Protecting Your Plants in the Winter

Frozen leavesThe winters these days may not be quite as harsh as we remember from our childhoods. The days of severe frosts and weeks of snow are well and truly over, but the occasional few days of extreme temperatures still do happen. For gardeners, being prepared for those few days is essential. There is nothing more heartbreaking than realising a frost has killed off your favourite plants which you lovingly planted in the spring. So, taking a few easy steps to protect your less hardy plants will mean that they are still there to enjoy when the warmer weather rolls around once more.

A frost damaged plant is obvious, even to a beginner gardener. The leaves will have turned black or brown and it will be very limp. The leaves and shoots may have taken on a translucent quality, almost waterlogged. It isn't the end of the world, as often they can be revived but prevention is always better than the cure.

Preventing frost damage

  • Take into account the weather conditions in your area when choosing plants. Your garden centre should be able to advise on the more hardy plants.
  • Always plant the more tender plants in sheltered spots – not just sunny spots as a plant which thaws out too quickly will also be damaged.
  • Try to resist pruning young plants too much until after the frost season is over. The more foliage on the plant the more protected it will be.
  • High nitrogen fertilizers encourage sappy growth on plants which will freeze more easily. Use other types of fertilizers on susceptible plants.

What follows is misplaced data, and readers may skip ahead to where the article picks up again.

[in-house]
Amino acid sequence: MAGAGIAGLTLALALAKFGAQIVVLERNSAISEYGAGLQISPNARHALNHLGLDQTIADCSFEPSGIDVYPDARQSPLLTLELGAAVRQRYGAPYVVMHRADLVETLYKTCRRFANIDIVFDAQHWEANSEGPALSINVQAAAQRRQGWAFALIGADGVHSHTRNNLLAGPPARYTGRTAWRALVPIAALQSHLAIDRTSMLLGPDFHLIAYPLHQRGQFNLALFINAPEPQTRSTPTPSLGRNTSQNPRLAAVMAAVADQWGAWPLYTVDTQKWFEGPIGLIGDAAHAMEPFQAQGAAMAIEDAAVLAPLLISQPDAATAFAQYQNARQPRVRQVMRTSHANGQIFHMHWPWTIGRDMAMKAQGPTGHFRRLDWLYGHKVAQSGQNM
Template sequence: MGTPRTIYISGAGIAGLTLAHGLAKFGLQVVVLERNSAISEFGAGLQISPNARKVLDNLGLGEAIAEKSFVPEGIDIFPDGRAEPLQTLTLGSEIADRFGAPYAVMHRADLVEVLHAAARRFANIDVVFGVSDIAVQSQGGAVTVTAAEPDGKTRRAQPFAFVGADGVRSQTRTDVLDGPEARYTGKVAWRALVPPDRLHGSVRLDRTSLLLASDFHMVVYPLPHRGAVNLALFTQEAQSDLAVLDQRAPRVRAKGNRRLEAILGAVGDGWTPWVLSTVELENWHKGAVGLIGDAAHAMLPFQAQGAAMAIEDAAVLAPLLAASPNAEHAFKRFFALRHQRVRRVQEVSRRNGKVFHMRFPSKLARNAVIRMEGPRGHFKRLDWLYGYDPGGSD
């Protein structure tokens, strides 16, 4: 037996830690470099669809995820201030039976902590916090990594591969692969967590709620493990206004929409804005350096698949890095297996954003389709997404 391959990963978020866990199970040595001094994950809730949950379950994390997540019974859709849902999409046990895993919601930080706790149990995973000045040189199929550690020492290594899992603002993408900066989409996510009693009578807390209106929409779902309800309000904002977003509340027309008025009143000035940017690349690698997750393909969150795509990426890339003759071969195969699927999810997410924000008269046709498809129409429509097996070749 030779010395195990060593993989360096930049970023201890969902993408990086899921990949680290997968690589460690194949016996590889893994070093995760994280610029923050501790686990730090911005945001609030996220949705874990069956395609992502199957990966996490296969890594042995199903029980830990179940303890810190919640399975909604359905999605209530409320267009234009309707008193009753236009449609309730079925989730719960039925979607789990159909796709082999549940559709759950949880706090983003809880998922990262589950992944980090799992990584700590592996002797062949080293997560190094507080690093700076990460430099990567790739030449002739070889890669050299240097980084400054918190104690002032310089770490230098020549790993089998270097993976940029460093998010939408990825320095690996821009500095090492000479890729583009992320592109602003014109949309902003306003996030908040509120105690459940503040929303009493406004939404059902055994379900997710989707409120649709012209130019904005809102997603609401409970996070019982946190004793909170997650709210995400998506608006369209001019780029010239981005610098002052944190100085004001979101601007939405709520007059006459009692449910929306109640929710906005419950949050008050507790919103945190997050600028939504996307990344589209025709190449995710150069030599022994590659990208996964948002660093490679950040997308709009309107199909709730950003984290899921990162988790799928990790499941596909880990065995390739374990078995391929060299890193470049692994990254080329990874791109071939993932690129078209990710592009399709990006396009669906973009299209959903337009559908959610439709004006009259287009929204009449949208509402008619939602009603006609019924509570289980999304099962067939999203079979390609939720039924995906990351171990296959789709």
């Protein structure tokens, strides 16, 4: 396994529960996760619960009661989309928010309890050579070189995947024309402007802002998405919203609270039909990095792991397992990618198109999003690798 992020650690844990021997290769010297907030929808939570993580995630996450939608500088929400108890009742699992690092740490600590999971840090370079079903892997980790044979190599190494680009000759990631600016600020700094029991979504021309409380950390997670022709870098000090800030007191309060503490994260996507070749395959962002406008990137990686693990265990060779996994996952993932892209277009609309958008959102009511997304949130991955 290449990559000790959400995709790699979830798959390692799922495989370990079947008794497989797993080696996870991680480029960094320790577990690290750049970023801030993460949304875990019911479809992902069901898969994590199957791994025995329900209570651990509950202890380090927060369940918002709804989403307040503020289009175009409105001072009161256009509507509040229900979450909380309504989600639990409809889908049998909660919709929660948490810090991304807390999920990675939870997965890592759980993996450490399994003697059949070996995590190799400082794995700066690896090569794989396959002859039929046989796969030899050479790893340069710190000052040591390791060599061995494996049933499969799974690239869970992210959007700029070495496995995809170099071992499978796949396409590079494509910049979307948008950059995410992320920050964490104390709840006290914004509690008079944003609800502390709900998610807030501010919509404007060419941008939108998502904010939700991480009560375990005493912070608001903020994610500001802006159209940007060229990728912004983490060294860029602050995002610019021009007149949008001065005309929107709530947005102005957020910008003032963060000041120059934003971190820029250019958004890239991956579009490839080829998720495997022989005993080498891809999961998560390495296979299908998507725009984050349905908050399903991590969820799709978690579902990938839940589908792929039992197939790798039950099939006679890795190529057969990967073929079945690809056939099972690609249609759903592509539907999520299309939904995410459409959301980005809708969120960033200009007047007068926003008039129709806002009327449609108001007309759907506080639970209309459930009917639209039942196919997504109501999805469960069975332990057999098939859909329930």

Protecting over the winter

  • Garden centres will sell bales of fleece which are perfect for laying over plants which are trained against walls. It can also be used for wrapping around the trunks of young trees and ferns. Hessian stuffed with straw works in the same way.
  • Bulbs which have died back at the end of summer can be protected by laying down a layer of mulch, leaves or straw. This will prevent the ground from freezing.
  • Most plants will benefit from a thick layer of mulch around their base.
  • Bring any container plants into the house or greenhouse.
  • If it snows be sure to shake the excess from branches to prevent them from being broken by the weight.
  • Always avoid walking on frosted or snow covered grass.

If the worst happens

  • Most plants will recover eventually if you act quickly.
  • Cut back any frosted areas to the closest healthy bud. Cover to prevent it happening again.
  • Use a balanced fertilizer to encourage strong growth.
  • Dig up any vulnerable plants and move them into pots for the greenhouse.
  • Check the soil around the damaged plant to ensure it hasn't become hard and cracked. Heap the soil up around the plant to prevent any roots from showing.

It may seem like the last thing you want to do on a cold wintry day – to be on your hands and knees gardening. But it will be invigorating and so worthwhile. These plants which gave you so much pleasure in the summer just need a little bit of care in the winter and they will last you many years to come.

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